When the hit TV show “Lost” ended last spring, the writers had reintroduced to the American vocabulary the pejorative use of a word that had, thankfully, lost currency during the “politically correct” reforms of the 1980s and 90s.
More than once, the character Michael calls the Others “just hillbillies,” meaning poor, ignorant, and rather stupid. The show “Lost” is set somewhere in the South Pacific, but the pejorative resurrection of such a loaded term is a shot heard around the world—specifically in Appalachia.
A tempest in a teacup? Perhaps, but about the same time a new book by Jeff Biggers appeared debunking many of our accumulated misconceptions about Appalachia and its inhabitants, the much maligned “hillbillies.” Tomes such as “The United States of Appalachia” do not often appear without some provocation. According to Biggers, Appalachia persists “as a quaint backwater in the American imagination,” even though we are “savvy enough to refrain from uttering ‘hillbilly’ in mixed company.” Well, perhaps he overestimated the American public on that one. Biggers’ book educates us as to just how biased and ignorant we really are about this region and its rich legacy of cultural, political, and intellectual pioneers.
Biggers’ “The United States of Appalachia” is full of historical insights that tell of a region that gave us the country’s first abolitionists, the first syllabary in modern times (Cherokee), the first literary works of working class realism, not to mention staples of American music such as mountain music, country music, soul music, et al. The number of individual Appalachians who shaped American is almost limitless, but Biggers provides some notable examples, ranging from West Virginian Pearl S. Buck, the first American woman to win a Nobel Prize for literature, to Adolph Ochs, the crusading publisher of the Chattanooga Times who was called upon to take a virtually moribund newspaper known as the New York Times and turn it into the nation’s newspaper of record.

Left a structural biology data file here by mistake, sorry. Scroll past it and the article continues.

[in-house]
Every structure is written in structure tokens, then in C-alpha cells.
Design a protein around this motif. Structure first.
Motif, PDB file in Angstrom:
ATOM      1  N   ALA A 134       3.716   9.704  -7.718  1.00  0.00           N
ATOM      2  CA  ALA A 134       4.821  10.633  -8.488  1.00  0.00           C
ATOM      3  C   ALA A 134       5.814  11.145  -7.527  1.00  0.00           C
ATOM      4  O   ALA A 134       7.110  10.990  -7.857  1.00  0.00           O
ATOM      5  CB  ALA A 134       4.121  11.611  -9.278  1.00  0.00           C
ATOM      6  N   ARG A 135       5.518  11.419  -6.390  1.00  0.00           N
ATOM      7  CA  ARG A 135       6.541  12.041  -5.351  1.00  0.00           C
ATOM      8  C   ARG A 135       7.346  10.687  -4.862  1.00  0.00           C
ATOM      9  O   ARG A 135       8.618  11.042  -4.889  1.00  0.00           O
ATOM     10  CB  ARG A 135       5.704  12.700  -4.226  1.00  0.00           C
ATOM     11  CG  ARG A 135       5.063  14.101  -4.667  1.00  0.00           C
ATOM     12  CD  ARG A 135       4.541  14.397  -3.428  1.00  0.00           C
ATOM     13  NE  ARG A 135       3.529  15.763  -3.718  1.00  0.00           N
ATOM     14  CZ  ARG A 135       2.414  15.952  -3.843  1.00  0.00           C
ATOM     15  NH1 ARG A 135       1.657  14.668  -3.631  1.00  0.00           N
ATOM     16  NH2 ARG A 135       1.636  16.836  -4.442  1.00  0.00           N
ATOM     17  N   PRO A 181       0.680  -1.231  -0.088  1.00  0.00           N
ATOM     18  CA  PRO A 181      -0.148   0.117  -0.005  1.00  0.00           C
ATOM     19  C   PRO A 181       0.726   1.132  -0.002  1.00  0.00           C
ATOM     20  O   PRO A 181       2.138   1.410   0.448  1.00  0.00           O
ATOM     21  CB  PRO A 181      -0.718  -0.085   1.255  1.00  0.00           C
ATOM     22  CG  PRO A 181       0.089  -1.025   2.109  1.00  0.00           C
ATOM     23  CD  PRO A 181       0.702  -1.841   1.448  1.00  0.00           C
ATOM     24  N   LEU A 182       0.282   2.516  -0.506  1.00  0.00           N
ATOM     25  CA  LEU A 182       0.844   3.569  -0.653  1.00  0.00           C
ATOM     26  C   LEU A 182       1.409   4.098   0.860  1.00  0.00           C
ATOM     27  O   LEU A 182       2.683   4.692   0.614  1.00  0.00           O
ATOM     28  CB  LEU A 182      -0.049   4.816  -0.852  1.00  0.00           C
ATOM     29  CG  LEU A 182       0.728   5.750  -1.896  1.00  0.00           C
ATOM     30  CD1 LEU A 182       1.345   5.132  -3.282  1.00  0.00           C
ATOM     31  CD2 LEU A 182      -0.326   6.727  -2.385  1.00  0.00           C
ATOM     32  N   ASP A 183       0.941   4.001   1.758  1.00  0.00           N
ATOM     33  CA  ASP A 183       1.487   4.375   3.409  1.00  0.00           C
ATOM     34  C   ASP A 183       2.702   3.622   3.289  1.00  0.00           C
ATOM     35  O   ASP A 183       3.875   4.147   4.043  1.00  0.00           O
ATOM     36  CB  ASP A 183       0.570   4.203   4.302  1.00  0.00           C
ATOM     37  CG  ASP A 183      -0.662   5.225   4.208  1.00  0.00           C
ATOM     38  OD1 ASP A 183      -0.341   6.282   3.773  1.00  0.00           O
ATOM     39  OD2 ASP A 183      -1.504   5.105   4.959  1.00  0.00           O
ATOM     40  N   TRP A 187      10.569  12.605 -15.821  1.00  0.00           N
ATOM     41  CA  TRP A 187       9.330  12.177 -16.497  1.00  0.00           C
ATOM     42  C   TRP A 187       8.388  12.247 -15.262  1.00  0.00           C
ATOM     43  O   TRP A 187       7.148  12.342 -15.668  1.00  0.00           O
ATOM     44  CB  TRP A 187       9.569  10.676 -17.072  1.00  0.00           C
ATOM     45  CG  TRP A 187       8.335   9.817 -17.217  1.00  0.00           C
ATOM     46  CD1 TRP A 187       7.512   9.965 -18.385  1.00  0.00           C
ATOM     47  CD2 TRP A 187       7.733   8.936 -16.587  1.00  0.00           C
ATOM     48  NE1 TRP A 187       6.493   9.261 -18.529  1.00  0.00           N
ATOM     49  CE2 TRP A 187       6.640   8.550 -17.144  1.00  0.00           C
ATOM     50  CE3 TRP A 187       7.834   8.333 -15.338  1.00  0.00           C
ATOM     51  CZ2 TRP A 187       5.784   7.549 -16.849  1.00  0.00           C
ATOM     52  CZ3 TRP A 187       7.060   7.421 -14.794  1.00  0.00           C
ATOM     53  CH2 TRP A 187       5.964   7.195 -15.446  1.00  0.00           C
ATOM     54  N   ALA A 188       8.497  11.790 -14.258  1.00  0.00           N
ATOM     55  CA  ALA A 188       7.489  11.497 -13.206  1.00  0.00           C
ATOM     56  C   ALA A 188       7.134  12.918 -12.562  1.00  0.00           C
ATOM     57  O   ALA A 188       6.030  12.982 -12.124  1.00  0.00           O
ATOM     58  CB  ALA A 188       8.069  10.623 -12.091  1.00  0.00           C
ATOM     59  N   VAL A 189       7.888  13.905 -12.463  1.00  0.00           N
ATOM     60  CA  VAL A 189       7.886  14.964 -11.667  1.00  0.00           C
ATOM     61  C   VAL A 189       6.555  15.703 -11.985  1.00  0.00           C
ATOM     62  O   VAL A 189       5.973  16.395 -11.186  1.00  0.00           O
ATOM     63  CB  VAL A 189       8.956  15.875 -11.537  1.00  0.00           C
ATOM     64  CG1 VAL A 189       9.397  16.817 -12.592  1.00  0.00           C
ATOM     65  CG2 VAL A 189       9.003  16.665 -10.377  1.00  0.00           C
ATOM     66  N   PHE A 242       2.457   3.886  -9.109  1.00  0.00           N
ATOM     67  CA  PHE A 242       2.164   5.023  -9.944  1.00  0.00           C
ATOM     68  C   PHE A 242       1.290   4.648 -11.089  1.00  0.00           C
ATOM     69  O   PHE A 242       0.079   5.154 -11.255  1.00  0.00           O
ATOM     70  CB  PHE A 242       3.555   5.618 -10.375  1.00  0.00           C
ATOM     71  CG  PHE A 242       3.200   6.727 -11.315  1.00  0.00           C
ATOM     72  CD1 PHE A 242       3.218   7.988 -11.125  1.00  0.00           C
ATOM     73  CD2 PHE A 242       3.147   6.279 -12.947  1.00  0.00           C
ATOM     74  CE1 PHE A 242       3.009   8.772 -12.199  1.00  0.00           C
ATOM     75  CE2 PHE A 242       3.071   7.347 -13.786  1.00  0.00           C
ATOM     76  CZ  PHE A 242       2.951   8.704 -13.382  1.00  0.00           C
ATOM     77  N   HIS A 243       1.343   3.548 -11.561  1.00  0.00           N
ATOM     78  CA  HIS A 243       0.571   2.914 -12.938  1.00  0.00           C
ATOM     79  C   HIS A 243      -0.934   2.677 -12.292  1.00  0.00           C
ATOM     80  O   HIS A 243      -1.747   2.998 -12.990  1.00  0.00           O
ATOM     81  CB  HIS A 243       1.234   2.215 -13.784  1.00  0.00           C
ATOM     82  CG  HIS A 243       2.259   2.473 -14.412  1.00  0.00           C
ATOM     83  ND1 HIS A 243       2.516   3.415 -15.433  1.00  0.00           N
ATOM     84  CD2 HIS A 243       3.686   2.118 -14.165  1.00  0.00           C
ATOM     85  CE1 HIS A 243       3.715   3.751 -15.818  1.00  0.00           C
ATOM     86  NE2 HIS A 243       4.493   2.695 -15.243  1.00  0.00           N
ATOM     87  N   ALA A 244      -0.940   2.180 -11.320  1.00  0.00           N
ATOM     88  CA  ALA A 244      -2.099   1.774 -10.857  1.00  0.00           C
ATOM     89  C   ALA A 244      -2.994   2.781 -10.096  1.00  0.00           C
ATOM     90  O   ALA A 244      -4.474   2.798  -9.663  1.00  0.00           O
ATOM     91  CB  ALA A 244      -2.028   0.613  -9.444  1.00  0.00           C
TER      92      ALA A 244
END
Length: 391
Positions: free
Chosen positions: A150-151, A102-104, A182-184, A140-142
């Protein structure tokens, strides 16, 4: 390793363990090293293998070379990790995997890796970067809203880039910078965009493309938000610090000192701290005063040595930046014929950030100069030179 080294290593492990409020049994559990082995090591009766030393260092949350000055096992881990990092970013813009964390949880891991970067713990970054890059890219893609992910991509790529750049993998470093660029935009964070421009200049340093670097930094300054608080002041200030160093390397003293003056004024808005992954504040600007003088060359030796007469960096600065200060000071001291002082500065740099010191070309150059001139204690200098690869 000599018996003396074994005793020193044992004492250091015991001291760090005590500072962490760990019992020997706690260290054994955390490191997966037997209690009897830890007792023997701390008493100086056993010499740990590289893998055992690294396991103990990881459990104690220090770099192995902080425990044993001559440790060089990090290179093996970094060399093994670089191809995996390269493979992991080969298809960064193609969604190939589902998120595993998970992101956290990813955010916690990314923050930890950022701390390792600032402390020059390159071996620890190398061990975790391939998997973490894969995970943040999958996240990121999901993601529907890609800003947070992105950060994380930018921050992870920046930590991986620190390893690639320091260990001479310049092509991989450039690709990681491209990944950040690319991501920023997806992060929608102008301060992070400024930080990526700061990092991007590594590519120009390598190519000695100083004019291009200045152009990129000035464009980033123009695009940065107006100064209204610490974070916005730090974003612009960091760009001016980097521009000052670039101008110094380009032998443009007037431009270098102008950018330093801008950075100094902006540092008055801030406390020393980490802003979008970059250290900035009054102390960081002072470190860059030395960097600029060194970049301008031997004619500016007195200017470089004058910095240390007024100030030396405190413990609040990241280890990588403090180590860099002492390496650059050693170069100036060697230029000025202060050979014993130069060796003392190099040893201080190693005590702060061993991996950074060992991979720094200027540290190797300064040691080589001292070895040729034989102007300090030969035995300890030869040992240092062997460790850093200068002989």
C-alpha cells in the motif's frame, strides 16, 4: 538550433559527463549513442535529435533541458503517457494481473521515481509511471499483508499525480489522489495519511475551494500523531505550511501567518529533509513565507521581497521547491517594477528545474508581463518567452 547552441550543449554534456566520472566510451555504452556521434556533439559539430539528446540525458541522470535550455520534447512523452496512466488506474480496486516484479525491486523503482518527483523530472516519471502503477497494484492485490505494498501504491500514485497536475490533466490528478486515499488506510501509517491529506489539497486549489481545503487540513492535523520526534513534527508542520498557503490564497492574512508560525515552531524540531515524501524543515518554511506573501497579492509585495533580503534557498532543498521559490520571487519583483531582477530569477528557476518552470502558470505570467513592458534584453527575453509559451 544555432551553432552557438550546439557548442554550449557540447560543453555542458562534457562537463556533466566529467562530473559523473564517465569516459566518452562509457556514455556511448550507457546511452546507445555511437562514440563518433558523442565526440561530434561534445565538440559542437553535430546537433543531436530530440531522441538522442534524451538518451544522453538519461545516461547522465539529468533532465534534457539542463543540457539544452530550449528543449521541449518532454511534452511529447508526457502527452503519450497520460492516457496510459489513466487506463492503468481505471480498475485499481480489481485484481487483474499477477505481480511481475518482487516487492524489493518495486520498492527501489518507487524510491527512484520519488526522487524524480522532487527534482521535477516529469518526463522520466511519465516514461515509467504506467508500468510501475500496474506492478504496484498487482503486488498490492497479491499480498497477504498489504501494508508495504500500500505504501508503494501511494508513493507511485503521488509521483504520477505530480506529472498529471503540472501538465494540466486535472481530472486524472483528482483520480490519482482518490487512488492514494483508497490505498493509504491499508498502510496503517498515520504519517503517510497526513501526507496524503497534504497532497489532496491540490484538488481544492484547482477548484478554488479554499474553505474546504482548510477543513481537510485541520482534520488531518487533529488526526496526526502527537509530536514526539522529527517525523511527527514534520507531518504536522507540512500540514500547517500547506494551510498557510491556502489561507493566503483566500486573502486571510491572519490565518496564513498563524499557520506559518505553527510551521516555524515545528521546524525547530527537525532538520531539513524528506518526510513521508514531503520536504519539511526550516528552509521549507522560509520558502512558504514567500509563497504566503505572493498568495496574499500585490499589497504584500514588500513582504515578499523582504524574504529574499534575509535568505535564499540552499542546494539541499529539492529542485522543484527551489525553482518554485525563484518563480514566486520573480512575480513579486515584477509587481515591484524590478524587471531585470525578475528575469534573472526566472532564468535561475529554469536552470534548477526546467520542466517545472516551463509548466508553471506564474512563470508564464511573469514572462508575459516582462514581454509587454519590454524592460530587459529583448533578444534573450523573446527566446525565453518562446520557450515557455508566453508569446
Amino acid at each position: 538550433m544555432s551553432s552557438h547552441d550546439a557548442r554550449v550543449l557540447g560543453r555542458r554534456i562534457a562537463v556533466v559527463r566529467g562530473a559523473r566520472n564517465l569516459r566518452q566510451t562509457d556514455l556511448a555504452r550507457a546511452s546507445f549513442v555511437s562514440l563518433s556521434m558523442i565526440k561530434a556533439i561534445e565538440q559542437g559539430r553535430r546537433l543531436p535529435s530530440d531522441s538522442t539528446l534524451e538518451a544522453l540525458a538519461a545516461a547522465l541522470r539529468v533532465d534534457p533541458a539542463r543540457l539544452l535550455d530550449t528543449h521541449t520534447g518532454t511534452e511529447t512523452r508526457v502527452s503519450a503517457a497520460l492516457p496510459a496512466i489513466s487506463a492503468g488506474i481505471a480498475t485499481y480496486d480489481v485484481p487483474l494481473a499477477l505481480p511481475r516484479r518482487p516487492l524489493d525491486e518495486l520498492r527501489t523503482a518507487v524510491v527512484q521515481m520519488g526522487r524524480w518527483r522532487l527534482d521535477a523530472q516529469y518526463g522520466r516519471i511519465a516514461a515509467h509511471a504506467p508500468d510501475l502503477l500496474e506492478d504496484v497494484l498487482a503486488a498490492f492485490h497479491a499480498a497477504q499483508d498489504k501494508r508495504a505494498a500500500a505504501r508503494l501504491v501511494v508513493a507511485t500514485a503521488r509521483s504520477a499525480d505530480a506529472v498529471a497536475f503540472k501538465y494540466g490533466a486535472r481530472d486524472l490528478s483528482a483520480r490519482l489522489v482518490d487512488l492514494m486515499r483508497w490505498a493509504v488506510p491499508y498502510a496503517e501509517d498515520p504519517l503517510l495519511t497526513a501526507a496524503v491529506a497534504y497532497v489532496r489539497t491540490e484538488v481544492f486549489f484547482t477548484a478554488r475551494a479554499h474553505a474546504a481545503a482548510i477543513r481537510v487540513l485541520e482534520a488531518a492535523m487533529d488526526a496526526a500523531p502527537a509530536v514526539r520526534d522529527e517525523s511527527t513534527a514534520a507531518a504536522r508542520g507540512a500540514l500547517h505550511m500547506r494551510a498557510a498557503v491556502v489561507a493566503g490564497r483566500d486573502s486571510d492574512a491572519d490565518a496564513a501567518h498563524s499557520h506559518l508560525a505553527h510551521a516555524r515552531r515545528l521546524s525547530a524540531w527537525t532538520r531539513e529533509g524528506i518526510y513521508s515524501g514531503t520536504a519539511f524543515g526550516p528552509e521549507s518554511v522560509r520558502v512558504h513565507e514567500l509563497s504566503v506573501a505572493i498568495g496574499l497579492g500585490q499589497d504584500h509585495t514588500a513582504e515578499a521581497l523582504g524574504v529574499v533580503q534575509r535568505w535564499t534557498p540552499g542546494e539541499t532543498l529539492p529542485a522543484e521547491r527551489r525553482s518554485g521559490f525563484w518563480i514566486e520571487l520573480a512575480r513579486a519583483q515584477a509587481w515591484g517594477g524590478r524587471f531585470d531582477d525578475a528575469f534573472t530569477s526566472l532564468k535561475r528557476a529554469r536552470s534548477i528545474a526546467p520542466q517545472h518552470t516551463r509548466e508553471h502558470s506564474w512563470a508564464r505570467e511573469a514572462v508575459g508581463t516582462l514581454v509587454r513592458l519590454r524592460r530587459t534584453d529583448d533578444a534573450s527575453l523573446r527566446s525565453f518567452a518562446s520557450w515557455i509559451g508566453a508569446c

It seem that debunking stereotypes is one of the driving motivations behind Biggers’ writing in general. Newly published this fall is his exploration of another region noted for its resistance to change, its badlands geography, and its reputation as a haven for outlaws and primitives—Mexico’s Sierra Madre.
To write his new book, “In the Sierra Madre,” Biggers and his companion Carla Paciotto lived for an entire year with the Raramuri/Tarahumara in Copper Canyon—without question one of the most remote places on the planet.
Biggers and his companion spent that year in a log cabin formerly used to store corn. They felt lucky. “Housing” in the village that welcomed them included cave dwellings. But living rough did not mean working that way. The pair brought in laptops and a solar generator. It was a curious temporal conjunction, writing on computers, and grinding corn on a stone metate in the same house, chopping wood in the highlands by hand, but but bringing it home in a four-wheel drive Bronco.
“In the Sierra Madre” introduces us to a host of idiosyncratic customs (one never knocks on a door, for example, since “only ghosts knock on doors”), numerous unforgettable characters, and situations of a traveler of this ilk could manage.
Biggers writes a decidedly adventurous narrative, but he is no adventurer. He is the quintessential observer, with the eye and voice of a poet.